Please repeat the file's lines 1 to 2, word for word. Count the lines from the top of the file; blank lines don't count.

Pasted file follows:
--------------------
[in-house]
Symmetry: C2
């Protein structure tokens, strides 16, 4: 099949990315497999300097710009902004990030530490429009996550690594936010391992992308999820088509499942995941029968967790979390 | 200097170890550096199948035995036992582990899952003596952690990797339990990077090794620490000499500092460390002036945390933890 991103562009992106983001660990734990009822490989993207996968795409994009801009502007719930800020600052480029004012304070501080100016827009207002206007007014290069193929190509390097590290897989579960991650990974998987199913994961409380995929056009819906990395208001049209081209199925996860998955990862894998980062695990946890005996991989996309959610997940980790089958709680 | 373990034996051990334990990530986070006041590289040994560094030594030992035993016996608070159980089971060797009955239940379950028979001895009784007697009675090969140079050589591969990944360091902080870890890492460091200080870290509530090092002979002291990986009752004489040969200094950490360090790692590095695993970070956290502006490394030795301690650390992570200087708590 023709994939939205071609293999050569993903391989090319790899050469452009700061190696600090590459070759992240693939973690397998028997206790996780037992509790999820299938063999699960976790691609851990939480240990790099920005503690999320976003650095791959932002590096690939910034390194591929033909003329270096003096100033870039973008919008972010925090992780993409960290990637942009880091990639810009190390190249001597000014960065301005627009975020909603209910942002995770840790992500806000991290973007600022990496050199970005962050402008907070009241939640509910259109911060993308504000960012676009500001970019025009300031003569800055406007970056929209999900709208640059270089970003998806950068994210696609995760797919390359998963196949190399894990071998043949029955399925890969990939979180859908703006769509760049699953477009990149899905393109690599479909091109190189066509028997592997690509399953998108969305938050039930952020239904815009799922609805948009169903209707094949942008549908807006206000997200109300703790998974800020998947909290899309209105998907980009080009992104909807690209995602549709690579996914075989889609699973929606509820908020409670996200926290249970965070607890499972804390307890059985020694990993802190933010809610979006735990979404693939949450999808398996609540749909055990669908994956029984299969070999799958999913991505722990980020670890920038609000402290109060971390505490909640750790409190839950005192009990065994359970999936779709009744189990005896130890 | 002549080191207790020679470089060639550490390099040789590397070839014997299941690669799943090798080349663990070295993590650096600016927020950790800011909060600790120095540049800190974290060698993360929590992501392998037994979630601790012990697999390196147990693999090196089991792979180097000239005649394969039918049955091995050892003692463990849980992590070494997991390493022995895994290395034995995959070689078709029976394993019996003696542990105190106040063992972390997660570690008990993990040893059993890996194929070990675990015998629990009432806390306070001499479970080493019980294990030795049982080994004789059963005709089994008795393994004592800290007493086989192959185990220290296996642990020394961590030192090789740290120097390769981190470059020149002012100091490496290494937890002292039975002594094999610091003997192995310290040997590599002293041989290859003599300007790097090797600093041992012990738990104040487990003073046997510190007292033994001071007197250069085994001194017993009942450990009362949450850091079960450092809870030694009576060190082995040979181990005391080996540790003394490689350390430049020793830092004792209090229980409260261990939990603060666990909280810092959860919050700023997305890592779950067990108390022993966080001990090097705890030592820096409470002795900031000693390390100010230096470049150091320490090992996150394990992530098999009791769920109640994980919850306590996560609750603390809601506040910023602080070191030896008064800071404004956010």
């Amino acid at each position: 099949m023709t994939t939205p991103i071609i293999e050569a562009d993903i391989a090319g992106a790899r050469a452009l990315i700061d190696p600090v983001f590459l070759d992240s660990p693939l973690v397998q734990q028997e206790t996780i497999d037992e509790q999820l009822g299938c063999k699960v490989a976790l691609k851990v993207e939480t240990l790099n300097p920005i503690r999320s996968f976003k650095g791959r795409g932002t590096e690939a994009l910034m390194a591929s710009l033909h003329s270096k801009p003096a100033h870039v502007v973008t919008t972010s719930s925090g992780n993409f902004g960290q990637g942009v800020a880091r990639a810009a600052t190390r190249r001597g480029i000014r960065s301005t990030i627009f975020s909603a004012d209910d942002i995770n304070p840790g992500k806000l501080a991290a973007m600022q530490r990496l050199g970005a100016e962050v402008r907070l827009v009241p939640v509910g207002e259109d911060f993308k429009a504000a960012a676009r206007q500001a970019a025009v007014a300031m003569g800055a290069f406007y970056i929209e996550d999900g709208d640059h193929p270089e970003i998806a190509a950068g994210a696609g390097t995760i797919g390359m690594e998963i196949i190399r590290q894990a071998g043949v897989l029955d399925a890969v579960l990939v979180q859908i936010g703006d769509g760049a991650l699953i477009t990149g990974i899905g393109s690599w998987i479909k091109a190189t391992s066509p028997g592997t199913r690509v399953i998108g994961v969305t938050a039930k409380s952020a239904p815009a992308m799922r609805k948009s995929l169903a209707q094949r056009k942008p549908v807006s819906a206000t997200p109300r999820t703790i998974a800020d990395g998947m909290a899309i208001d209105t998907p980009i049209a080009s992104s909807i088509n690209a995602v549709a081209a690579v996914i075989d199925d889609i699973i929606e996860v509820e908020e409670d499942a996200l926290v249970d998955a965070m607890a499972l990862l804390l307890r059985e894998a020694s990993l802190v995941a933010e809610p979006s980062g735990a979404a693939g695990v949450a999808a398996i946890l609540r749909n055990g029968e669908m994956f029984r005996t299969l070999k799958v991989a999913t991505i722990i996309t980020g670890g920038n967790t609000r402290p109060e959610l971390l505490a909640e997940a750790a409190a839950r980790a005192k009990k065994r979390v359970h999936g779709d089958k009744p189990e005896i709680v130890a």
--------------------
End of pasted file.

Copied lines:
[in-house]
Symmetry: C2